For some reason, I've been thinking that I have 3 weeks until the marathon, but I realized suddenly over the weekend that it's just 2 weeks away. There's a counter on the official ING Marathon website that kind of stresses me out, but really, I'm ready. Well, as ready as I'll ever be! Which if good, because it's too late to do anything about it, really. So until then, I'm just planning on eating a lot of pasta, doing a few short runs, and trying to wrap up my fundraising.

Speaking of fundraising, you can donate here for pediatric cancer research. I think I've gotten one blog-related donation so far! Thank you, thank you Kristy.


For those of you in the NY area, you should definitely check out the Chihuly exhibit at the New York Botanical Garden in the Bronx--it's there until October 29th. I went there for Chihuly Nights last Thursday for Saho's Birthday, and it was breathtaking. Here are a few pics:

Or check out an exhibit somewhere near you.

It made me think about the different kind of beauty in the world. That something so artificial , and surrounded by nature, could still be so breathtaking. This past weekend I was surrounded by different kinds of beauty. I took a trip out to Princeton with two friends to visit Julie and have a girls' weekend.

Here is some of the beauty I encountered there:

The beauty of the blue sky, fluffy white clouds, and the green in an apple orchard on a brisk fall day...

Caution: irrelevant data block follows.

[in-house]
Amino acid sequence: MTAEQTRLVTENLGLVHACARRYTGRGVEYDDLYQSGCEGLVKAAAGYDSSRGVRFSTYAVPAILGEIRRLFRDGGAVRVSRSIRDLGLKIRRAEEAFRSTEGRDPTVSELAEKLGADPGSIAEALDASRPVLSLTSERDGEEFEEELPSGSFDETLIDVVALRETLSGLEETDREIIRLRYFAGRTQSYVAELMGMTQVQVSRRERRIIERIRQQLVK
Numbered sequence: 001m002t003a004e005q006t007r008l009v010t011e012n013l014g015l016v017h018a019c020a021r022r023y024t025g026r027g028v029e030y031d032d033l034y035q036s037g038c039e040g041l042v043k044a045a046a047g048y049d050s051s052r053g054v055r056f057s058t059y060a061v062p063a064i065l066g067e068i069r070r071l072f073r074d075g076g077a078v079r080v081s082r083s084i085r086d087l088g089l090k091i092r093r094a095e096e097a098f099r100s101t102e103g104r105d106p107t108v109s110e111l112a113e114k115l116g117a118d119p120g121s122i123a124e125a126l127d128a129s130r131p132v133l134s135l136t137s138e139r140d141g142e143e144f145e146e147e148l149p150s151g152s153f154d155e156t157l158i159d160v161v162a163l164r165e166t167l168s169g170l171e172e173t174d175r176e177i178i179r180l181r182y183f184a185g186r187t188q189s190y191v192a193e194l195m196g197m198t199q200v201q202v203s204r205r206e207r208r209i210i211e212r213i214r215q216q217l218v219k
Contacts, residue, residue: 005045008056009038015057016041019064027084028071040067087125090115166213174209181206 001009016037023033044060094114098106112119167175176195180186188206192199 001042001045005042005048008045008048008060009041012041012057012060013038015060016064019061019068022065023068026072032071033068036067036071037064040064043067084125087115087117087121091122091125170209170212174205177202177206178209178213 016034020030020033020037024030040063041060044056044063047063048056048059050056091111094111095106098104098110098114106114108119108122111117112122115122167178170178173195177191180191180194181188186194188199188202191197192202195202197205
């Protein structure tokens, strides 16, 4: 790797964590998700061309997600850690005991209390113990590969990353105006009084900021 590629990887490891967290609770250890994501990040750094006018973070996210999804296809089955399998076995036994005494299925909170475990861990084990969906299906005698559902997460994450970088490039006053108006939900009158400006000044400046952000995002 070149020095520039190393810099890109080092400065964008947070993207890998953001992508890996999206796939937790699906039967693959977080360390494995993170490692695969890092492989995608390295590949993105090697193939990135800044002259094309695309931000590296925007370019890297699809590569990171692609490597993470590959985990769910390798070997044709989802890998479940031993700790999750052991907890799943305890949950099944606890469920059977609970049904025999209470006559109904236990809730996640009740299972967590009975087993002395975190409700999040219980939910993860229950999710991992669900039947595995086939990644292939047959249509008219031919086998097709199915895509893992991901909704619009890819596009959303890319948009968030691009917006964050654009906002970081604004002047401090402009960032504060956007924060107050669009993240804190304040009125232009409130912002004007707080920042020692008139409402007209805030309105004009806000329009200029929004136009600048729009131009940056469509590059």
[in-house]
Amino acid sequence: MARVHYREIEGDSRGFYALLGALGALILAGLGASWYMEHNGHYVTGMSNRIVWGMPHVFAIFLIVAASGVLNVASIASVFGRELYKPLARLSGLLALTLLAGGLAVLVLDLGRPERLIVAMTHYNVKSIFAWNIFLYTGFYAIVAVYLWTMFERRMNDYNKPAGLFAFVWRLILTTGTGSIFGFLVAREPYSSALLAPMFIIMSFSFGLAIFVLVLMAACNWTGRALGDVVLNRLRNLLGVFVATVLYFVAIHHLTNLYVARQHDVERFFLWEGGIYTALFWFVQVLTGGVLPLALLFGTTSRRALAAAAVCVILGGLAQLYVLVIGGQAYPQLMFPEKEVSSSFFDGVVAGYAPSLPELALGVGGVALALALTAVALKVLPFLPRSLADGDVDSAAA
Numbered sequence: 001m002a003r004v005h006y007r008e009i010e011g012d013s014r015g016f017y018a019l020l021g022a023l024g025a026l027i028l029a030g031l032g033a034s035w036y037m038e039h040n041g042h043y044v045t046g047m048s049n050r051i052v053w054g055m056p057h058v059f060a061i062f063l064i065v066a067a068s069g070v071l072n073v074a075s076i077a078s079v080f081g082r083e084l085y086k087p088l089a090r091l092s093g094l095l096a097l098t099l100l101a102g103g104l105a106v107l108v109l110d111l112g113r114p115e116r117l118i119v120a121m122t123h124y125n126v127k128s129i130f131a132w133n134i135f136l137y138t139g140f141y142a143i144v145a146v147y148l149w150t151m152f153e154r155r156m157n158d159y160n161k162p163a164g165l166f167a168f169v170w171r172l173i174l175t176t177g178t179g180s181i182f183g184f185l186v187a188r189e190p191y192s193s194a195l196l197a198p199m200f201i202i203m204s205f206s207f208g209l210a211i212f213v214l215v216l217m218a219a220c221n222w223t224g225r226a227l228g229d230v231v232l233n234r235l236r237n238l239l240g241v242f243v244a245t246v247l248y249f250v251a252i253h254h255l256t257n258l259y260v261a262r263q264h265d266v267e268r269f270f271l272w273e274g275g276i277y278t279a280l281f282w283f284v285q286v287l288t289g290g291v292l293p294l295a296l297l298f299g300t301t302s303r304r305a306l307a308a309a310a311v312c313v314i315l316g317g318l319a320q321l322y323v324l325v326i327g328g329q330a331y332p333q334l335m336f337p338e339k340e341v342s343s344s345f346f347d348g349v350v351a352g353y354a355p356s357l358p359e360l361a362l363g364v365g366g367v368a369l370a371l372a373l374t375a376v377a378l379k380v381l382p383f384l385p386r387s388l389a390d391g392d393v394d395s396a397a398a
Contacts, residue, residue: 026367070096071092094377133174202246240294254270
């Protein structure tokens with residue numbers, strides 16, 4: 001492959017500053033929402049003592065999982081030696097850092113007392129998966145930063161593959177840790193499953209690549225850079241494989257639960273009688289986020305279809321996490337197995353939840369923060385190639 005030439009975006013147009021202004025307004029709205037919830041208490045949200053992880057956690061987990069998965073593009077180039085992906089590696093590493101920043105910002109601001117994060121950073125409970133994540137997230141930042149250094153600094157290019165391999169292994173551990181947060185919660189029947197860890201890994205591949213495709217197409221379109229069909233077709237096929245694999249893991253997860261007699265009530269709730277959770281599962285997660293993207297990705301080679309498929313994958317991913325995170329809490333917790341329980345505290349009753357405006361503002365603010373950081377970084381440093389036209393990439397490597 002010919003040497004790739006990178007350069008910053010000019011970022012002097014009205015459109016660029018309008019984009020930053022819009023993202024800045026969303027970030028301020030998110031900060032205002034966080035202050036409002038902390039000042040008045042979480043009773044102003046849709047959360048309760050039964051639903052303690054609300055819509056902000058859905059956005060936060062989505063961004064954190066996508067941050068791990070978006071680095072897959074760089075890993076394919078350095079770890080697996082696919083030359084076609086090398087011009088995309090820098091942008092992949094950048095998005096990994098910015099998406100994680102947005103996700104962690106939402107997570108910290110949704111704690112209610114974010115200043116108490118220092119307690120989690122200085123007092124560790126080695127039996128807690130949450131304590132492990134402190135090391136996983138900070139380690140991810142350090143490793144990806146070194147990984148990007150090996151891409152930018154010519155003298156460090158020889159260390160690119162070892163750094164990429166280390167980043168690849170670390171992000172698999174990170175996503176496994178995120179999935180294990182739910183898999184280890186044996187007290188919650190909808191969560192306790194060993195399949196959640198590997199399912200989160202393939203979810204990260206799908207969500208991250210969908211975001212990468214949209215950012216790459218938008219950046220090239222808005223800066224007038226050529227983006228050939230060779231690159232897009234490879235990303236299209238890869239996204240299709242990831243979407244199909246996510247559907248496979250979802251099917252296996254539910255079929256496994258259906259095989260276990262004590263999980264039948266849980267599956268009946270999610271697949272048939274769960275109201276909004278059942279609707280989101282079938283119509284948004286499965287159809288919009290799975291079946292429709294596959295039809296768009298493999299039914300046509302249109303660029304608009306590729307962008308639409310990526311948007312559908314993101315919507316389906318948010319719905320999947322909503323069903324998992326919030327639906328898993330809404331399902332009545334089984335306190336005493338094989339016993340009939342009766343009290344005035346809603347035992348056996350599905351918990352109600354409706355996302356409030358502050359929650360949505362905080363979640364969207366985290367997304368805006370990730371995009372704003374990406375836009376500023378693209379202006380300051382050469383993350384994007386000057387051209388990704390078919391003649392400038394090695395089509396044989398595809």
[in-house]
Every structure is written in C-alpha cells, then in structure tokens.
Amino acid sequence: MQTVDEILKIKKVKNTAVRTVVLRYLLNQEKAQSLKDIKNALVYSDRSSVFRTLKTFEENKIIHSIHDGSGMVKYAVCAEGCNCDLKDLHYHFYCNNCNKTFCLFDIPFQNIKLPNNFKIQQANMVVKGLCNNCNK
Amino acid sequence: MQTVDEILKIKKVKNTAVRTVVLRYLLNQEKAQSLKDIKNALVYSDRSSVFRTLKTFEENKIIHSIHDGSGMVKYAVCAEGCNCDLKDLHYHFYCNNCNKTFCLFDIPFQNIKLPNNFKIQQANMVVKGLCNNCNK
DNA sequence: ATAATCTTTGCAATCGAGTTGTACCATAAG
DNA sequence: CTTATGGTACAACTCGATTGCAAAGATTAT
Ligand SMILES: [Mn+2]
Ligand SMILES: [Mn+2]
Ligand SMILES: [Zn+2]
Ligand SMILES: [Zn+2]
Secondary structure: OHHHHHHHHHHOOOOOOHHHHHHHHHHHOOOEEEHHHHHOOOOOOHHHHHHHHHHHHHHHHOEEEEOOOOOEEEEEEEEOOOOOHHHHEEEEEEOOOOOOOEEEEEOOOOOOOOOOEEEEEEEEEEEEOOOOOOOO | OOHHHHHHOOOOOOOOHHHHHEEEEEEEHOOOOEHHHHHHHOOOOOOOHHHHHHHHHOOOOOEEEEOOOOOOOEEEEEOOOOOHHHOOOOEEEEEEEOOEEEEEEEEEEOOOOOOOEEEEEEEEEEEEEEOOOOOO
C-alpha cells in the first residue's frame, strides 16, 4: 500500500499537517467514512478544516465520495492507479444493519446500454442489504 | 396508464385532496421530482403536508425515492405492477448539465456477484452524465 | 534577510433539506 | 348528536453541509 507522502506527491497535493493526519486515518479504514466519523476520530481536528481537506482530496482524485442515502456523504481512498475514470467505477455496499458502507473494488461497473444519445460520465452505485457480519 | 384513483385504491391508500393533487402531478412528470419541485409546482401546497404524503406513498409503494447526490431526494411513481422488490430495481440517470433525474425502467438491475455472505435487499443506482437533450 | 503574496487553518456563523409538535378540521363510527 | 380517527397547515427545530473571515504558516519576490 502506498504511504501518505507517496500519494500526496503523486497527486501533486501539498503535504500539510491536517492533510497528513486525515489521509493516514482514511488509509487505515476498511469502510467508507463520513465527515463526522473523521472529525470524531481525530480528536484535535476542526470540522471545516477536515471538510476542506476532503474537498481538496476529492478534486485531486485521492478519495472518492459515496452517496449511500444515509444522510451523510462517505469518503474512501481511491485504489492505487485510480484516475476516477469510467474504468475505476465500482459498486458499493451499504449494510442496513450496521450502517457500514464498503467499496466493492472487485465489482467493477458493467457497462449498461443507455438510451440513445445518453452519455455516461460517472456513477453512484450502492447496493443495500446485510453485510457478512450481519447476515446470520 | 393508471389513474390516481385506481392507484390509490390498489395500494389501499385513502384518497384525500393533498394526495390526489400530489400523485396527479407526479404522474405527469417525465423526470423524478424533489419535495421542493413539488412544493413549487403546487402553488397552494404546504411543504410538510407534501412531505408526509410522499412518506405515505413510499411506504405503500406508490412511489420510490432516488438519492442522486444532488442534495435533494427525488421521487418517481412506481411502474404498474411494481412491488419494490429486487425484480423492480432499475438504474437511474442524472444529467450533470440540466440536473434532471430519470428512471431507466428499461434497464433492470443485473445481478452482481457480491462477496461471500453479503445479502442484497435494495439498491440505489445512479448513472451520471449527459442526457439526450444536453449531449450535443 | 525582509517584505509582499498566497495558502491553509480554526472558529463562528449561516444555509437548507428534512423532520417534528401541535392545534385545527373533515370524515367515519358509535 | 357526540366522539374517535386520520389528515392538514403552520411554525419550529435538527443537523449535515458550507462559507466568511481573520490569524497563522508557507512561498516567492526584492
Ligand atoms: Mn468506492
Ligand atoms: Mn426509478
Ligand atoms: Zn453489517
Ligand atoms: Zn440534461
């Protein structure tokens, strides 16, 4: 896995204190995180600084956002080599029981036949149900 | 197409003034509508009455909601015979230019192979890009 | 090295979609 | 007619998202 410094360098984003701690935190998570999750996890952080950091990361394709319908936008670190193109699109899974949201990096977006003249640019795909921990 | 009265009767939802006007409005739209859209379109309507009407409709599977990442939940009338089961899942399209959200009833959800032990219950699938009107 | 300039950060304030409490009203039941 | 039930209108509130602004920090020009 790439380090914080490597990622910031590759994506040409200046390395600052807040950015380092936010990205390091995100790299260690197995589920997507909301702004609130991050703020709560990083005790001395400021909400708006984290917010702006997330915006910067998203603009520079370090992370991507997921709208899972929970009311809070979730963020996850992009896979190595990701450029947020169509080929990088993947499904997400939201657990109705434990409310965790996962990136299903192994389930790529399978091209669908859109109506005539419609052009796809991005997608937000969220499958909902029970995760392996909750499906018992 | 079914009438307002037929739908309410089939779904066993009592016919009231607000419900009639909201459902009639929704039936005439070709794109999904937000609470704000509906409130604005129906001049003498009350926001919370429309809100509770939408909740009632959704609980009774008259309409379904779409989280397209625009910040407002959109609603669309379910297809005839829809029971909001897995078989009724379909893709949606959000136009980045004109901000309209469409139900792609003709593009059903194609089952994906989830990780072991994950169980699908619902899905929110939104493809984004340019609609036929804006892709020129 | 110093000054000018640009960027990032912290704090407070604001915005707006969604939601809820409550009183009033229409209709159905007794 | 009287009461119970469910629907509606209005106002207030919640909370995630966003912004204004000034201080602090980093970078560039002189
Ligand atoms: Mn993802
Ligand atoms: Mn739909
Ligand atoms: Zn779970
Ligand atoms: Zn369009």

the beauty of finding my first-ever four-leaf clover...

the beauty of warm homemade apple cake topped with homemade vanilla ice cream...

and, of course, the beauty of friends.

Thursday, October 19, 2006

Autism linked to television watching?

I listened to this Slate.com podcast on the way to work this morning and was pretty amazed. Who knows if this is true, but I wonder if there will be any ramifications in the children's television world.

Read more children's books, I say!

Also, I'd like to direct all of you over to the Blue Rose Girls site for our first-ever Cupcake Contest! Cast your vote now, and enter to win CUPCAKES!! Yes, cupcakes. Well, or a cupcake-related prize.

Tuesday, October 17, 2006

Home again, home again

I'm back home in NY, flew in on the redeye that landed yesterday morning. I usually go into work after taking a redeye flight, but this time I decided to take a personal day for a change, which was good timing because my cousin Jeanne is in town and I was able to have lunch and coffee with her.

But about Oregon...this might be a boring post, but I wanted to briefly (somewhat!) get down my experiences there. And I have lots of pictures, too!

When I landed in Portland, I had two messages waiting for me on my cellphone. One from Sachin telling me that a plane crashed into a building a block away from my apartment, and another from my roommate Rose telling me that she had been home at the time, heard a strange noise, then sirens, but thought it was just a car accident until her mother called her.

It was a bit of a startling way to start the trip. But my author Gretchen Olson (I always feel funny saying "my author" but someone pointed out that authors say "my editor" so what the heck) picked me up at the airport and whisked me off to lunch at one of the many McMenamins--this one was Edgefield Manor, a renovated Poor Farm. There was wonderful art everywhere, we walked around the grounds under clear blue skies, I became obsessed with taking pictures of the water tower (above), and then we sat down for a beer sampler.